# Describe the Fourier Series

1. Feb 20, 2014

### Northbysouth

1. The problem statement, all variables and given/known data
For he following Fourier series, which of the answers correctly describes the following function

y(t) = 2 - $\stackrel{1}{π}$∑1inf1/nsin(n*πt/2)

a) odd function, period = 2 s
b) Even function, period = 2s
c) Odd function, period = 4s
d) Even functio, period = 4s

2. Relevant equations

3. The attempt at a solution

From the reading my professor assigned I'm pretty sure that it's odd because it has a sin function, though I still don't understand why.

I'm also confused as to how I find the period. I know that

T =1/f

w=2*π*f

So,

w = (n*π)/2

I'm not quite sure what to make of n.

Any help would be appreciated.

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2. Feb 20, 2014

### Simon Bridge

That would be: $$y(t)=2-\frac{1}{\pi}\sum_{n=1}^\infty \frac{1}{n\sin(n\pi t/2)}$$

Check y(-t), if it is the same as -y(t) then y(t) is odd, if it is the same as +y(t) then it is even.

y(t+T)=y(t), what is T?

Certainly the period of the sine function is something to do with 2 units.
But, since it is multi-choice, you don't actually have to find the period - just check to see which of the choices is correct.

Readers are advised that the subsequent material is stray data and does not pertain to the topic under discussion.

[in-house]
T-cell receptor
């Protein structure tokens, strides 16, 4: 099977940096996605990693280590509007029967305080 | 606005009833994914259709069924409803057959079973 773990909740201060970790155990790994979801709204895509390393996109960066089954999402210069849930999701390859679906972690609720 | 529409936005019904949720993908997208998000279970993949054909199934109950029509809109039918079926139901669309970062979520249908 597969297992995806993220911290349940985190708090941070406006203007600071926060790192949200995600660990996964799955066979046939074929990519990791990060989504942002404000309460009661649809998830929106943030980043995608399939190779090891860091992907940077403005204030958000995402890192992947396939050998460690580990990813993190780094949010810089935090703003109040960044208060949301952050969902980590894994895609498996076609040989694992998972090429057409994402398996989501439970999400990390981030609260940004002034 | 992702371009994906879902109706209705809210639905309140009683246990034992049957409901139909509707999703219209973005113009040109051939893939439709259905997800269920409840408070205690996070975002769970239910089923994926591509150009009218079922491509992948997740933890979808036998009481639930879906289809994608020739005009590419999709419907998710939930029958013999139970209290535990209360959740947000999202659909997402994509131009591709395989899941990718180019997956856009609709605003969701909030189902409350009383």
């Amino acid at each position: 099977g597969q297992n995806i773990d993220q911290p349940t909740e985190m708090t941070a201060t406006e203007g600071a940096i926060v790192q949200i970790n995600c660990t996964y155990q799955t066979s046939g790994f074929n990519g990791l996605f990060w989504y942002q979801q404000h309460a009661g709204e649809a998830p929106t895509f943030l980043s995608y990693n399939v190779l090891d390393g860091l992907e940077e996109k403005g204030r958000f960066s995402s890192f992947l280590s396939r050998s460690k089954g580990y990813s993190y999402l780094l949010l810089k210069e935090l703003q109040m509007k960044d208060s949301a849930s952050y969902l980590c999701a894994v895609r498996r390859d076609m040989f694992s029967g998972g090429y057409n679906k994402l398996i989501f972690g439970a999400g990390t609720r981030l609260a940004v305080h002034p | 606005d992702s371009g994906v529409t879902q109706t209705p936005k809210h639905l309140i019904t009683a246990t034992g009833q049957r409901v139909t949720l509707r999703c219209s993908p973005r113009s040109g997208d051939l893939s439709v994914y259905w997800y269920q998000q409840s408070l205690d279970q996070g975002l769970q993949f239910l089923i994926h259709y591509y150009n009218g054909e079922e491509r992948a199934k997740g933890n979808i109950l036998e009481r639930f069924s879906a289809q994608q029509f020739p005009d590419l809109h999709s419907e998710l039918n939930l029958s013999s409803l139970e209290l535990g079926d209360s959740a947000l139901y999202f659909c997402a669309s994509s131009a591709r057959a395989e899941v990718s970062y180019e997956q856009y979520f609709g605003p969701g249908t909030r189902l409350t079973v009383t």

3. Feb 21, 2014

### rude man

I think you're misreading what the OP meant, or maybe you're trying to point out that he /she miswrote it.

Your denominator is intended to be the terms in the series, not their inverse. Look at the OP's thumbnail.

4. Feb 21, 2014

### rude man

The series is a series of harmonics starting with a dc term ("2") and then a series of sine terms
So the first sine term must be the fundamental frequency where n = 1.
So compare sin(nπt/2) with sin(ωt). In other words, compare π/2 with ω since n = 1.

If you know ω, what is the period T?

BTW by "period" they mean the periodicity of the lowest frequency component, i.e. for which n=1.

5. Feb 21, 2014

### Simon Bridge

... a bit of both by the looks of things - neither thought completed. My excuse is that dinner was just about ready.

Yep - should have looked at the thumb.
$$y(t)=\frac{1}{\pi}\sum_{n=1}^\infty \frac{1}{n}\sin \left(\frac{n\pi t}{2}\right)$$

Which would make the RHS a Fourier expansion of something - a saw-tooth wave.
... advise still stands.

... or the period of y(t) - let OP work out if this is the same thing.

a pure sine wave would be: $y(t)=\sin(2\pi t/T)$ where T is the period ... comparing with any other sine wave would be how you find T.

But in this case there is a shortcut. Need only use the definition of the period to check to see if either of the options is the correct one.

Care needed though, if $y(t+T)=y(t)$ then $y(t+2T)=y(t)$ also.
But if $T$ is the period of $y(t)$ then $y(t+T/2)\neq y(t)$
So it is a matter of putting the numbers into the equation, and thinking about what "period" means.
Which, I suspect, is the point of the exercise.

6. Feb 21, 2014

### LCKurtz

Understandably so. None of the above, even without knowing what "s" is.

7. Feb 21, 2014

### Simon Bridge

@Northbysouth: any of this help?
You should check LCKurtz answer to see why... would y(t) be easier to handle without the "2 -" out the front?
(i.e. the way I wrote it in post #5?)

It is likely that there is a context missing from the problem statement you got.